After delivering Eustace’s message to the unenthused villagers the next day, Dunk asks Egg if Egg is angry about yesterday. Egg replies that he is Dunk’s squire, not Bennis’s, who is mean and pinches him. He says that Bennis has never even bothered to name his horse; Dunk replies that that is a common practice, to avoid becoming too attached to the beast if it dies, but remembers that Arlan used to name his horses anyway. Dunk remembers that Bennis used to pinch Dunk too, and tells Egg to tell him if it happens again. Egg is indignant to learn he will be expected to help train the smallfolk as well, but Dunk admonishes him that Egg would be just as at a loss in their village life as they would be in court life, and that he should treat them with respect. Egg considers this.
The eight villagers they wind up with the next day are a rather poor lot, and Bennis sneers and insults (and pinches) them before taking them to cut spears and tutor them in their use. Egg suggests giving them last names to keep them separate (many of them having the same name), and the villagers are thrilled to be given “lord’s names.” Eustace gives them a speech, and they train the villagers as best they can for the rest of the day. After, Dunk forces them all to take baths, and after they eat and go to bed, Bennis crudely opines they’ll stand no chance against actual knights.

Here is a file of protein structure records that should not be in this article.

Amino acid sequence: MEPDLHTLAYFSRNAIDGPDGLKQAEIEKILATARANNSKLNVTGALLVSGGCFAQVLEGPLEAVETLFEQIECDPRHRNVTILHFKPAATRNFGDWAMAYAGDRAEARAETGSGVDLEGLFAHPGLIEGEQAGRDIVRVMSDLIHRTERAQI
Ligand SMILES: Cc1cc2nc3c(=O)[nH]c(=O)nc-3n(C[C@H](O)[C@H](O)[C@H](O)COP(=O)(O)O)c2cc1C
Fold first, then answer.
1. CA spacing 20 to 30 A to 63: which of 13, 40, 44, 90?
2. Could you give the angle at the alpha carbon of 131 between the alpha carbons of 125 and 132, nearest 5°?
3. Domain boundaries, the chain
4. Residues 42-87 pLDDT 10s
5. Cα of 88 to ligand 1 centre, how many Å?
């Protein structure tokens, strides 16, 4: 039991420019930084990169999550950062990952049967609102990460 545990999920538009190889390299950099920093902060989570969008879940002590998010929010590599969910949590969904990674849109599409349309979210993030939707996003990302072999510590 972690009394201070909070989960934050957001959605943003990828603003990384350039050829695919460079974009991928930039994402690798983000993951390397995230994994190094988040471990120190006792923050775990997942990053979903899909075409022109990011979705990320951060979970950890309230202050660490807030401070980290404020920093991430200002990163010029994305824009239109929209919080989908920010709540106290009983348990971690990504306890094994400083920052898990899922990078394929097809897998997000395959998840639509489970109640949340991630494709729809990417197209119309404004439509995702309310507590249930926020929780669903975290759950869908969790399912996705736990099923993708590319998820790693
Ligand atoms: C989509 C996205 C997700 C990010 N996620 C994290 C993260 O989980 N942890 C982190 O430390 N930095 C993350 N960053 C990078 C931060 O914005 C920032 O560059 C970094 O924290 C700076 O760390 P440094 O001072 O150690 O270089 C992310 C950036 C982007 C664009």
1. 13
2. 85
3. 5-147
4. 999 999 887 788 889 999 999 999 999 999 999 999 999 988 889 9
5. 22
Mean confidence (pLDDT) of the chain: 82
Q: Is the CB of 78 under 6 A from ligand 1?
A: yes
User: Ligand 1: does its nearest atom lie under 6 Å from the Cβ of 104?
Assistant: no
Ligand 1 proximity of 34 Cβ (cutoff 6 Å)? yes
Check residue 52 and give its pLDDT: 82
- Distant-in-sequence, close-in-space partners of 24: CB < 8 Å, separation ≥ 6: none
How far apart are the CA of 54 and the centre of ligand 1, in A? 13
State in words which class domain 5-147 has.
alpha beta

Egg is disturbed by the paucity of the villagers’ ability to defend themselves, either in training or equipment. Dunk tells him that’s how war is, but Egg insists this is “smaller and stupider” than real war. He is dismayed that they have given the villagers names now. He suggests using his “boot,” but Dunk refuses, and reminds Egg of his father’s instructions to keep his identity secret except in dire need. Dunk reflects that Egg has been a good companion for over a year, and Dunk thinks of him almost as a younger brother, but reminds himself that Egg is not his brother, but a dragon prince. He bathes and goes up to the roof to sleep. He remembers Ashford and how he’d thought a falling star meant luck, but thinks it didn’t turn out that way for him there, and hopes no stars fall that night.